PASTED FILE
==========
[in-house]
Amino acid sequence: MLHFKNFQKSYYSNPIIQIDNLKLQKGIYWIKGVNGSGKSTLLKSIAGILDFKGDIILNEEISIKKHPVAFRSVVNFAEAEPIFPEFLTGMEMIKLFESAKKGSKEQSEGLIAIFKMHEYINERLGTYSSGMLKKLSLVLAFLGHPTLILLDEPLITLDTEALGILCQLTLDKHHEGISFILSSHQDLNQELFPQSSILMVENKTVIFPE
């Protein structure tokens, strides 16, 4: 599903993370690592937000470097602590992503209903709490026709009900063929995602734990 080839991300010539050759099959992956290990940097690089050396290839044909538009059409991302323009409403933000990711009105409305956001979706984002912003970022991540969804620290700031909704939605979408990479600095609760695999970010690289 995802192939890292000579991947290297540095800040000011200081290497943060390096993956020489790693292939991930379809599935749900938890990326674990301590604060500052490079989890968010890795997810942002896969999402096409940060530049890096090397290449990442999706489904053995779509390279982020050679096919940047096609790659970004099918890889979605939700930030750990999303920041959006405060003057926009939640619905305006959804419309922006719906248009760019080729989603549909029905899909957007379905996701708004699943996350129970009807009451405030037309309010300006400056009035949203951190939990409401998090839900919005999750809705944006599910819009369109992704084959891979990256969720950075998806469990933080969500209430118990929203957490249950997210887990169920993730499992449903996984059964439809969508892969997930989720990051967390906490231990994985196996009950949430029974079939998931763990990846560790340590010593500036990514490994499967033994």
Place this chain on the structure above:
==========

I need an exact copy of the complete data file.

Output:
[in-house]
Amino acid sequence: MLHFKNFQKSYYSNPIIQIDNLKLQKGIYWIKGVNGSGKSTLLKSIAGILDFKGDIILNEEISIKKHPVAFRSVVNFAEAEPIFPEFLTGMEMIKLFESAKKGSKEQSEGLIAIFKMHEYINERLGTYSSGMLKKLSLVLAFLGHPTLILLDEPLITLDTEALGILCQLTLDKHHEGISFILSSHQDLNQELFPQSSILMVENKTVIFPE
């Protein structure tokens, strides 16, 4: 599903993370690592937000470097602590992503209903709490026709009900063929995602734990 080839991300010539050759099959992956290990940097690089050396290839044909538009059409991302323009409403933000990711009105409305956001979706984002912003970022991540969804620290700031909704939605979408990479600095609760695999970010690289 995802192939890292000579991947290297540095800040000011200081290497943060390096993956020489790693292939991930379809599935749900938890990326674990301590604060500052490079989890968010890795997810942002896969999402096409940060530049890096090397290449990442999706489904053995779509390279982020050679096919940047096609790659970004099918890889979605939700930030750990999303920041959006405060003057926009939640619905305006959804419309922006719906248009760019080729989603549909029905899909957007379905996701708004699943996350129970009807009451405030037309309010300006400056009035949203951190939990409401998090839900919005999750809705944006599910819009369109992704084959891979990256969720950075998806469990933080969500209430118990929203957490249950997210887990169920993730499992449903996984059964439809969508892969997930989720990051967390906490231990994985196996009950949430029974079939998931763990990846560790340590010593500036990514490994499967033994």
Place this chain on the structure above: